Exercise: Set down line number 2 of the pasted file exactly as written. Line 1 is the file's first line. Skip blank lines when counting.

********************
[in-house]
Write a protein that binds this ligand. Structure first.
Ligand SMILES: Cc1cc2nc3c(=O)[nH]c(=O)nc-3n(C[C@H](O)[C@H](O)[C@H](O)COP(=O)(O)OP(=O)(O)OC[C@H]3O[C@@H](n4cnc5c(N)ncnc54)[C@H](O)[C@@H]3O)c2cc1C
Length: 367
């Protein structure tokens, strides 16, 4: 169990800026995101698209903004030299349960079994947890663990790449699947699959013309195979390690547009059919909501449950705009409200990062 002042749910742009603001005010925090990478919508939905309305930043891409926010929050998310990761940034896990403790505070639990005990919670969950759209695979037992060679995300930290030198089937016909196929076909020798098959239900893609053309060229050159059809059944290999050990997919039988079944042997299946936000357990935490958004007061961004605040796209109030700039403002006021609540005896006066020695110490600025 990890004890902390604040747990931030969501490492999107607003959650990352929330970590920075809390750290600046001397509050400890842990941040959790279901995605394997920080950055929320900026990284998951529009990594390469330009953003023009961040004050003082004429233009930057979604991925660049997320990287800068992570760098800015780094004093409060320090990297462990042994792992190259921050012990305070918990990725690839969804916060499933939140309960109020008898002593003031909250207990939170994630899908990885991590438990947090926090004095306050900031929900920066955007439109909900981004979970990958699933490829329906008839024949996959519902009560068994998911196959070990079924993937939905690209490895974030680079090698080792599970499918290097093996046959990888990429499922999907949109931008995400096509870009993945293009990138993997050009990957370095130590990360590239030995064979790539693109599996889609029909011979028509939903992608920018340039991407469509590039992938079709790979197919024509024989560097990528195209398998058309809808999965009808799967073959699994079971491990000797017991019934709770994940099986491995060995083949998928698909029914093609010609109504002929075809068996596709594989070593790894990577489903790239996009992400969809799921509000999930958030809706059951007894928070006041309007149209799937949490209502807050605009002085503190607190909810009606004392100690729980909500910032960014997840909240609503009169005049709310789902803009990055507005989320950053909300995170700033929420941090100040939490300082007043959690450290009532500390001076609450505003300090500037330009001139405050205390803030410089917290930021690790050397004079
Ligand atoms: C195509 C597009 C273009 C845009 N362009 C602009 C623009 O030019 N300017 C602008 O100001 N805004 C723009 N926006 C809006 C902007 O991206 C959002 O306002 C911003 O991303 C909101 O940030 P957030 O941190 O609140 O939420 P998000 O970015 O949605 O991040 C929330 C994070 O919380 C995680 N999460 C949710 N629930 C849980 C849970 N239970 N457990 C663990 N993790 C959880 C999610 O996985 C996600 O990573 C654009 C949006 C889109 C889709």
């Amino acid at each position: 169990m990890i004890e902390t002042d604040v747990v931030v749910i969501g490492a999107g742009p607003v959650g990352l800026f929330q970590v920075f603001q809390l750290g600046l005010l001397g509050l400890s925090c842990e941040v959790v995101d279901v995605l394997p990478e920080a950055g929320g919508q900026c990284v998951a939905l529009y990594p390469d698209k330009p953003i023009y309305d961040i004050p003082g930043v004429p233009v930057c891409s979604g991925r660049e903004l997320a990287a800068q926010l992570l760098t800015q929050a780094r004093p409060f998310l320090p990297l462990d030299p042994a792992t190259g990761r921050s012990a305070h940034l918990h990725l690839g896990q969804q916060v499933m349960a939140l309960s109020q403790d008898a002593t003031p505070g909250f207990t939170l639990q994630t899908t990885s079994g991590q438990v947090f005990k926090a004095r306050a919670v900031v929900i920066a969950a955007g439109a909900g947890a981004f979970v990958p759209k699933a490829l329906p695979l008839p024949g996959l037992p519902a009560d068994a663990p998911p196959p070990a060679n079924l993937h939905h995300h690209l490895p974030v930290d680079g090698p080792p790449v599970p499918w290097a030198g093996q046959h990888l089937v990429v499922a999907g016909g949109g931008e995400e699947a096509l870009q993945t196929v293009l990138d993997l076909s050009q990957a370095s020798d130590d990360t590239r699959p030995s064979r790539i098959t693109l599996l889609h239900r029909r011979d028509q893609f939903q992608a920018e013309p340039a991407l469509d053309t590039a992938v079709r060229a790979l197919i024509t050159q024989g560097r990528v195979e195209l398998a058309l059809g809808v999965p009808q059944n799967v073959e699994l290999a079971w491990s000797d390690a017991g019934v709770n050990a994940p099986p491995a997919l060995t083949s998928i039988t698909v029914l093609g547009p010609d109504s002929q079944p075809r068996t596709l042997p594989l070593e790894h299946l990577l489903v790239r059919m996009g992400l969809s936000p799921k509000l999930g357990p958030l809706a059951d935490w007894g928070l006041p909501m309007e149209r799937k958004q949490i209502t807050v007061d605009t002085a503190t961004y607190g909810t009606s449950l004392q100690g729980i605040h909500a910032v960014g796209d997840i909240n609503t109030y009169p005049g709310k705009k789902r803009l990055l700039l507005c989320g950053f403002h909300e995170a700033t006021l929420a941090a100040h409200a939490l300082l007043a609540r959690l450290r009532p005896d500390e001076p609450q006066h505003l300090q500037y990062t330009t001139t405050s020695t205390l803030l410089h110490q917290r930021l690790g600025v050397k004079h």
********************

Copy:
Write a protein that binds this ligand. Structure first.